Although it may be nice to grab coffee between classes at Starbucks in the LBJ Student Center, students must be conscious of the potentially negative effects corporations could present on campuses.
The expansion of corporate influence on college campuses is a double-edged sword. Take Wal-Mart for example. The largest retailer in the world announced earlier this year they will open up shops on the Arizona State University and Georgia Tech campuses. These stores are not going to be like normal local Wal-Mart Supercenters, which on average are 185,000 square feet. In fact, a Jan. 21 Huffington Post article stated the Georgia Tech store could be the smallest Wal-Mart in the country, slated to be between 2,500 and 5,000 square feet. Likewise, the one planned at Arizona State will be approximately 5,093 square feet, according to a press release by Wal-Mart.
North Korean leader Kim Jong Un’s proposed plans for attack on the City of Austin will likely not be actualized, but the reasons behind the specific target warrant some questioning and discussion.
A photo released almost two weeks ago by North Korean state media officials showed Kim working on plans for potential American mainland attacks. The map present in the picture, provided by NK News, appears to display possible targets in places such as Washington, D.C., Hawaii, San Diego and Austin. As irrational as it seems, Kim is supposedly planning to attack the city about 30 miles northeast of the Texas State campus, a seemingly nonsensical target. What could Austin possibly possess to make it seem like an important target for North Korean leaders?
As more states permit bills granting in-state tuition and higher education opportunities to undocumented residents, students need to push legislators to pass the Development, Relief and Education for Alien Minors Act.
The DREAM Act would cancel the removal of certain undocumented students if they met a series of requirements, according to the text of the bill. The eligibility criteria includes entering the nation at or under 16 years old, a U.S. high school diploma, equivalent or college education and living in the country for at least five years. The bill would allow states to determine residency for higher education and military purposes. In addition, undocumented students would be eligible for federal work study and student loans. States could decide whether to provide financial aid to the students, according to the Immigration Policy Center. Above all, it would provide a way for undocumented students to become legal permanent residents with citizenship.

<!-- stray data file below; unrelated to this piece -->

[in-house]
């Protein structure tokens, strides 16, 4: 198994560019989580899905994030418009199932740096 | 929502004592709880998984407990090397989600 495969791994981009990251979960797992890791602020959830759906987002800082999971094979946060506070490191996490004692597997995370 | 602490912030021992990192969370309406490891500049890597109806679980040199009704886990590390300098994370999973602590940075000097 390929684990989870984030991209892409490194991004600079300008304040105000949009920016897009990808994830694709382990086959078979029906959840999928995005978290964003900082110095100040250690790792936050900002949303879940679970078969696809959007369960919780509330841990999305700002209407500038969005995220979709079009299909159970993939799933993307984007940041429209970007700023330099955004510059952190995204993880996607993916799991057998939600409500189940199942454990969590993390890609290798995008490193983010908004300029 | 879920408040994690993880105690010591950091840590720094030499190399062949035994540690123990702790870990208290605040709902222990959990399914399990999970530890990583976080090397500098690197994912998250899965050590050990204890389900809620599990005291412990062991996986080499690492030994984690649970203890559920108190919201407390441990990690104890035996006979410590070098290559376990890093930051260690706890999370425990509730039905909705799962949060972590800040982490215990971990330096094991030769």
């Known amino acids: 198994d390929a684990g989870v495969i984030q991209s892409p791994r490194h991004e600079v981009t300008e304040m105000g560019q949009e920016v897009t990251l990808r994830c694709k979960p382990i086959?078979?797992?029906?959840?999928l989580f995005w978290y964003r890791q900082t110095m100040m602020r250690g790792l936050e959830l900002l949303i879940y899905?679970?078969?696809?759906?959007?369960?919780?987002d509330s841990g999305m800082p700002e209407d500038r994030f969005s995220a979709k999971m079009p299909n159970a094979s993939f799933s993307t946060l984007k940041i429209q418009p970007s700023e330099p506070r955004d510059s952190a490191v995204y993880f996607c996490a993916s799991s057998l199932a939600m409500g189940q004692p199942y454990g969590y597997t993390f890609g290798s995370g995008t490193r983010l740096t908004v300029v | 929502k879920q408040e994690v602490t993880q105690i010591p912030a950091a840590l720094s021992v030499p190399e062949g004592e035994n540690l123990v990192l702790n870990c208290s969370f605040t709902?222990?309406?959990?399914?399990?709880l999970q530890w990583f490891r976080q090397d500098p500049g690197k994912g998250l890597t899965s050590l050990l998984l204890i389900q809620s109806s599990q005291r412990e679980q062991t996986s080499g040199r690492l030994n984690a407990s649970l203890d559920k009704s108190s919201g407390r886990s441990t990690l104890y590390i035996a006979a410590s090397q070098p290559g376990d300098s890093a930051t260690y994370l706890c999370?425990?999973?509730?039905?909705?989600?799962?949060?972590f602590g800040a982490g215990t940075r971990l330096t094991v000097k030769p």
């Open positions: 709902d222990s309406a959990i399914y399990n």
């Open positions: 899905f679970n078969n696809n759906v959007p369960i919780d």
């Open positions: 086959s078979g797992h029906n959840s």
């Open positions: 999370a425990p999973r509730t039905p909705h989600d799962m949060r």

Texas State should seriously consider utilizing student-run farms to raise educational opportunities and research, better establish the brand of the university and increase profits.
Primarily rurally-located universities throughout the nation have supported student-run farms as businesses on their campuses. The most notable one is the Berkey Creamery, which is run by Pennsylvania State University staff and students. The ice cream, sherbet and cheese are made in conjunction with the College of Agriculture Sciences at the university. Half of the milk used comes from a 225-cow herd at Penn State’s Dairy Production Research Center. Students are involved at the storefront with sales and production and on the farms and laboratories with research. There is even a hands-on ice cream making class in the agriculture department. Not only is this business sustainable, but it is the largest university creamery in the nation.
The state legislature needs to re-evaluate and approve the Medicaid expansion under the Affordable Care Act and stop the industry from having free reign over students and residents in critical situations.
Texas has the highest percentage of uninsured residents in the nation, according to a March 9 Texas Tribune article. A Medicaid expansion would drive down the amount of money students spend whether through healthcare costs for those on Medicare or state taxes. Legislators should not beat around the bush with the issue of Medicaid and should focus on re-evaluating the issue with the goal of providing more with health coverage.